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Hacking Charade and the Washington Post Claims

By Mamdouh Almuhaini

18 July 2017

The Washington Post report alleging that the UAE is behind hacking of Qatari news agency, and publishing statements that were attributed to its Emir, lacks facts. The report seems contradictory and does not rely on clear sources but on anonymous intelligence reports.

The UAE ambassador to the US, Yousef al-Otaiba, commented on the allegations saying they were false. Even if he did not give a statement on the matter, any neutral observer can realize that the report has fragile journalistic basis.

A frank accusation this serious must either be backed with documents that confirm the UAE is behind hacking or it must name one of these anonymous sources. In both the cases, the daily failed to provide documented information. It even contradicted itself when it said that its secret sources do not know if Emirati apparatuses hacked the agency themselves or assigned another party to do so.

It is surprising that a leading daily such as the Washington Post would not deal with this matter so lightly. Actually, the Washington Post was a major daily before it declined and lost its power like other major media outlets, like the New York Times and CNN, which also committed several embarrassing lapses.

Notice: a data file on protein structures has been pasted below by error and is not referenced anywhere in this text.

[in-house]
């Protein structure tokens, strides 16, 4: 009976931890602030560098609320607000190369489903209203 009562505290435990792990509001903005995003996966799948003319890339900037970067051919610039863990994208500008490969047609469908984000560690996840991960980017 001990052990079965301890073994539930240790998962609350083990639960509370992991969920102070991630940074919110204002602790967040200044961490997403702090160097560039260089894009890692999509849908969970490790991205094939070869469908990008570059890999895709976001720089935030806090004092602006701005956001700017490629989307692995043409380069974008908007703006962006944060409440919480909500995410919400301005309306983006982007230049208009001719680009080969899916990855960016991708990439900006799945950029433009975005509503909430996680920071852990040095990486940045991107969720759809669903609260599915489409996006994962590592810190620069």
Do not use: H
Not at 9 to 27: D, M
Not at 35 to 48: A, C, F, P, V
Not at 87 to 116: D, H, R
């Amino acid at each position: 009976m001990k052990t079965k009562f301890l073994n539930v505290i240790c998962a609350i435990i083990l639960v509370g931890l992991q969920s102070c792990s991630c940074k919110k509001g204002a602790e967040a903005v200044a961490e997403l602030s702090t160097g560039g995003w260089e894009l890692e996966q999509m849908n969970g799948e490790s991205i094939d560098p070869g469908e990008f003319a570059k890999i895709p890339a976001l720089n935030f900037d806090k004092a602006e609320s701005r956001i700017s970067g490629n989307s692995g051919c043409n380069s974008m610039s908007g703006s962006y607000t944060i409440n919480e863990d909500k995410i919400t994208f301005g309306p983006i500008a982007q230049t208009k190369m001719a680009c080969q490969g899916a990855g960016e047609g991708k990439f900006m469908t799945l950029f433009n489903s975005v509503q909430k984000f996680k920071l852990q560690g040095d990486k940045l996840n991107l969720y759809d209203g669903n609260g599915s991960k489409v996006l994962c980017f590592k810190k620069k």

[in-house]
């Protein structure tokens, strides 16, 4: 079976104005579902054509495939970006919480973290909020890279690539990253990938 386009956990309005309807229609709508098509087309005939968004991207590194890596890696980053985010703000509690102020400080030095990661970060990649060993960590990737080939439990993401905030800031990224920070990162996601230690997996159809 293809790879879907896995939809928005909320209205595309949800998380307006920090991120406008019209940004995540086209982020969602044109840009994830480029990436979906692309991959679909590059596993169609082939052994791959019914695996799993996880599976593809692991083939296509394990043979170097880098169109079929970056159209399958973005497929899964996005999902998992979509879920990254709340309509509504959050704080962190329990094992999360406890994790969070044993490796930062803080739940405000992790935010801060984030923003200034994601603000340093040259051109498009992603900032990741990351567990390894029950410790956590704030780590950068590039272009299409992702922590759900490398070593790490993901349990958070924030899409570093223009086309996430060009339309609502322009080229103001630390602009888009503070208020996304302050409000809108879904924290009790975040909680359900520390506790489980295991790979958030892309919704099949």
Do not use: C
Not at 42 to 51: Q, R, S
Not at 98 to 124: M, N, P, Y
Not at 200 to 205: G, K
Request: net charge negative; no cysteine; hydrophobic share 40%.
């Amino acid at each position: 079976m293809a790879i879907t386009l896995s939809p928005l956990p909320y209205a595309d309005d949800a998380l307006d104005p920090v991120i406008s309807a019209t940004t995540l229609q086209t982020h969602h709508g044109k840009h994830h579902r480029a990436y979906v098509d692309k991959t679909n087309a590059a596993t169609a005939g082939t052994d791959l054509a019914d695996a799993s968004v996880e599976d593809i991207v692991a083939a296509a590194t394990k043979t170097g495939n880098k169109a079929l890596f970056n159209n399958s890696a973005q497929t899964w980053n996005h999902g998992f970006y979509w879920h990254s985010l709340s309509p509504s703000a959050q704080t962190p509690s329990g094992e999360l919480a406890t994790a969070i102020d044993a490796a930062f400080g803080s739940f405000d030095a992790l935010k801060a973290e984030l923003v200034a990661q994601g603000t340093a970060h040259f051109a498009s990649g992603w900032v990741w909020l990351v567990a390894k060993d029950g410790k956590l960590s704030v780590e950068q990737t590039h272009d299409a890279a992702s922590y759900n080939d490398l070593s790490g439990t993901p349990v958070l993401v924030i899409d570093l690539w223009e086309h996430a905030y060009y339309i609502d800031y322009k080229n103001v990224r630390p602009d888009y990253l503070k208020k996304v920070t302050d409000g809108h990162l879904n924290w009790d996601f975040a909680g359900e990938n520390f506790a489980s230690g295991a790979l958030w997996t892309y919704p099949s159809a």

The New York Times recently apologized for a report it published about President Trump and suspicious relations with Russia as it had said it depended on information from 14 sources who work in intelligence apparatuses but it turned out they were only 4.

Just the like report on “Emirati hacking,” the New York Times quoted anonymous intelligence sources and randomly made accusations. In such a situation, it is neither possible to prove or deny them. The accused defends himself and the daily does not do anything to prove its claims. What does it do then? Nothing. It just moves on to write a new story.

Fake Reports

CNN recently published a fake reports, fired three of its employees and altered the way it operates as it no longer publishes sensitive material unless after senior editors approve it. It, once again, published a fake report that relied on anonymous sources.

The report was about Trump’s senior advisor Anthony Scaramucci’s ties to Russia and attempts to lift sanctions against it. That’s an entirely fabricated story. The network this time apologized but it did so for a logical reason as Scaramucci called it and hinted that it will file a lawsuit. The network retracted the report and fired those who wrote it.